Pentagon Spent $504,816 on Viagra Last Year

The Department of Defense (DoD) spent more than a half a million dollars on the male enhancement drug Viagra last year, according to government contracts.

The Pentagon issued 60 contracts worth $504,816 for the drug in 2014. All 60 contracts were awarded to Cardinal Health Inc., a pharmaceutical distribution company based in Dublin, Ohio.

Last year DoD also ordered $3,505 worth of Levitra, and $14,540 of Cialis, other popular erectile dysfunction drugs.

The contracts were filed under “Troop Support.”

DoD began offering Viagra to soldiers as a medical benefit in 1998, when the drug cost $10 a pill. Due to inflation, one pill now costs $25. At the time the military’s policy only allowed for six pills a month per patient, and the DoD said they would “not replace lost or stolen pills.”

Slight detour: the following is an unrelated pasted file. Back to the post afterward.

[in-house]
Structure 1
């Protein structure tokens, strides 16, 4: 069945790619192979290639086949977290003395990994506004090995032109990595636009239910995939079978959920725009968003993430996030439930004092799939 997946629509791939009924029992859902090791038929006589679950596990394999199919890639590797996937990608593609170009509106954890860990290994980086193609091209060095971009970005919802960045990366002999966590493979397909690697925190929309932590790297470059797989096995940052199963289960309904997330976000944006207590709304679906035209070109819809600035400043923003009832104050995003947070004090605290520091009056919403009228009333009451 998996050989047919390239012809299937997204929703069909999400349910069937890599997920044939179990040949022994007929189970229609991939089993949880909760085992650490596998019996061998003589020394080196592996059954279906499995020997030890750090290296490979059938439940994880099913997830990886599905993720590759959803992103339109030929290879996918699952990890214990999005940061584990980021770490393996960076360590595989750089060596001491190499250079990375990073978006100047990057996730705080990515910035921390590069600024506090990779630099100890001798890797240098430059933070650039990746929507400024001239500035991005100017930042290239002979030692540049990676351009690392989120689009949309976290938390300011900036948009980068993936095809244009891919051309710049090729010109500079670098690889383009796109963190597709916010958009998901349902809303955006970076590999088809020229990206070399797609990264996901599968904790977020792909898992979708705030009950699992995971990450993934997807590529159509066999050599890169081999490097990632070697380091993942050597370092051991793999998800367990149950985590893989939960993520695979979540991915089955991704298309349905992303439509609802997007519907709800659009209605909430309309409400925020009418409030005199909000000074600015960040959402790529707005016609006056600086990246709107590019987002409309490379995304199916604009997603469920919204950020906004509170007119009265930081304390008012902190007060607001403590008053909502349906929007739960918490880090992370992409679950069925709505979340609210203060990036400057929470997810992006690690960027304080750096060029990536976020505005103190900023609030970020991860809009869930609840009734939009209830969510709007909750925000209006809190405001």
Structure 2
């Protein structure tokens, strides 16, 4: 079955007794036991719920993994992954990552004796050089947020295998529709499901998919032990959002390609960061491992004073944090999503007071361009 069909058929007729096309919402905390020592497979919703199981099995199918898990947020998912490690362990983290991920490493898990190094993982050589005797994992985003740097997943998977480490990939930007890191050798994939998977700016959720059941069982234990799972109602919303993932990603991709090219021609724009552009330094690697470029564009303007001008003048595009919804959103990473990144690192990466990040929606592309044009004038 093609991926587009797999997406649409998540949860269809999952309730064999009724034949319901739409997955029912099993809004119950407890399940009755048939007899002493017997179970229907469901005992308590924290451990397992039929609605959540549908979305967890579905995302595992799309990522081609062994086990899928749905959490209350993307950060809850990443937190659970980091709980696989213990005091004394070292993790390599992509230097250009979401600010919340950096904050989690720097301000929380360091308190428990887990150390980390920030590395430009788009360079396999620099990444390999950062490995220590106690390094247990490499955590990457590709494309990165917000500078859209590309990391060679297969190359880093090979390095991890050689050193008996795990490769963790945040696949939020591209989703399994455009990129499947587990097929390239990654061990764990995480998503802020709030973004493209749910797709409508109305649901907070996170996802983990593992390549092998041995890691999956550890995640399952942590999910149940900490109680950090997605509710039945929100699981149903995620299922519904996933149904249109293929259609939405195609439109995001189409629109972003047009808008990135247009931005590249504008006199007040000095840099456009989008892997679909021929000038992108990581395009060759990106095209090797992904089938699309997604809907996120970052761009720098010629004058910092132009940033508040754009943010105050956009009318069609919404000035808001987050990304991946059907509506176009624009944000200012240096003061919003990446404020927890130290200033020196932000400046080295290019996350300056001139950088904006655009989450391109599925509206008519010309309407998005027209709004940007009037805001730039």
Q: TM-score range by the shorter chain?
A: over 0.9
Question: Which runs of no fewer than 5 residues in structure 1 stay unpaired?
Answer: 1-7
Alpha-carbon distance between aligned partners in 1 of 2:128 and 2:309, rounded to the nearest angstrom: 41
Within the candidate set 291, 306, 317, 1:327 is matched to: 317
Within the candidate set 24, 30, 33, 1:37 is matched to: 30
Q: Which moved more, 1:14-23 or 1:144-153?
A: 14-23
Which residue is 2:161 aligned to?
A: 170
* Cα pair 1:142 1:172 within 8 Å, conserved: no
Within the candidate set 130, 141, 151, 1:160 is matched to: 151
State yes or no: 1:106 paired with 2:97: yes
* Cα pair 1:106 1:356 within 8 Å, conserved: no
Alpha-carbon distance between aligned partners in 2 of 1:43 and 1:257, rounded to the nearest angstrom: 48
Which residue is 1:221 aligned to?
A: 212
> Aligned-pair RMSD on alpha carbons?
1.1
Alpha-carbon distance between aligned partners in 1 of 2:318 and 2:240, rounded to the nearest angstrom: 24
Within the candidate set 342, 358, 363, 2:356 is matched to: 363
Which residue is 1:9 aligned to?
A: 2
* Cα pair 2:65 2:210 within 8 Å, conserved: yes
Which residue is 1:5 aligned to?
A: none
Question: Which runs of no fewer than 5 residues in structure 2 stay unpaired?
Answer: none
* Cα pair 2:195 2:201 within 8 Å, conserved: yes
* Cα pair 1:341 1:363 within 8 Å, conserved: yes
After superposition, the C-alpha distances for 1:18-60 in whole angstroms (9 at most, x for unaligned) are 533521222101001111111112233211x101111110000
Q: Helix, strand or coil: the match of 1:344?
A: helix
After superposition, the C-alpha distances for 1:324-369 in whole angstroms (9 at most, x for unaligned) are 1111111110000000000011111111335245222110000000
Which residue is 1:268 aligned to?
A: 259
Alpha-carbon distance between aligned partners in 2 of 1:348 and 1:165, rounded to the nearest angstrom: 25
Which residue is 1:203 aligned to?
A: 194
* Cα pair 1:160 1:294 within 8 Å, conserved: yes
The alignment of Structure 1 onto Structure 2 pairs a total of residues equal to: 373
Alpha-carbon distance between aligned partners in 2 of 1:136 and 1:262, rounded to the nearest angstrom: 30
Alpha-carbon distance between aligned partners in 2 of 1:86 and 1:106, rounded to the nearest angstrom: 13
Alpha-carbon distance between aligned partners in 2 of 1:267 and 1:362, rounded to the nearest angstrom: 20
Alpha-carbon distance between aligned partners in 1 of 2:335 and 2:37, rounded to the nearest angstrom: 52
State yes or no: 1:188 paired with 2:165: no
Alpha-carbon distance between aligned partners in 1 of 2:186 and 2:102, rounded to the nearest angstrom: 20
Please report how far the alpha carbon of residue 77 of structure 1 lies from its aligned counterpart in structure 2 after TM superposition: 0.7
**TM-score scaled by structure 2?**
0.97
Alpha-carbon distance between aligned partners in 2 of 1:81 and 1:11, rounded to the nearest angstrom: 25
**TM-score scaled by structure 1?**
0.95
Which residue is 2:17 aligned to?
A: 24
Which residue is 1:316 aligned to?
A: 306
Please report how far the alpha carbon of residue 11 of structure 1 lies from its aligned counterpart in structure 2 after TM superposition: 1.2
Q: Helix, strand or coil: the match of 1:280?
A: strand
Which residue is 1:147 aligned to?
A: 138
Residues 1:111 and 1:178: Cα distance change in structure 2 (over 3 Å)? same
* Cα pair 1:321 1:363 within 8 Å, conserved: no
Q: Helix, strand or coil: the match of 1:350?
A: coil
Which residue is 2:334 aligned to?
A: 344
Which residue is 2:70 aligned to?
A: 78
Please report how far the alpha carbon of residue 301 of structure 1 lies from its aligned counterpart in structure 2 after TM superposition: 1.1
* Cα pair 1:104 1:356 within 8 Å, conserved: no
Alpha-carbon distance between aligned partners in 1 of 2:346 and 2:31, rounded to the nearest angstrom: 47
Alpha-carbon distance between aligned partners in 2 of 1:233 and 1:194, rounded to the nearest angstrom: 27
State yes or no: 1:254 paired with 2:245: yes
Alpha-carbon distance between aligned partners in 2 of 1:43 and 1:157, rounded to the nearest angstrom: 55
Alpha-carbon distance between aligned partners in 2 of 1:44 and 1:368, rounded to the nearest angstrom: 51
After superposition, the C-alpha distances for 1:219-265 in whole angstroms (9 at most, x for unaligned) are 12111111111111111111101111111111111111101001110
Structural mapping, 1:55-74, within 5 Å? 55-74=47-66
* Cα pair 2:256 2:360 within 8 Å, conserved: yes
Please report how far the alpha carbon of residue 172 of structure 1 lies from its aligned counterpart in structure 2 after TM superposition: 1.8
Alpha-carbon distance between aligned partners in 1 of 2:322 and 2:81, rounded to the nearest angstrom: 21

“Defense guidelines allow military physicians to prescribe Viagra only after a thorough evaluation indicates the medication as the optimal regimen for the patient,” a release outlining the Pentagon’s policy said. “Patients prescribed Viagra also receive careful guidelines for taking the medication. According to defense health officials, Viagra side effects may include headaches, flushing of the face or chest, indigestion, nasal congestion and mild vision impairment.”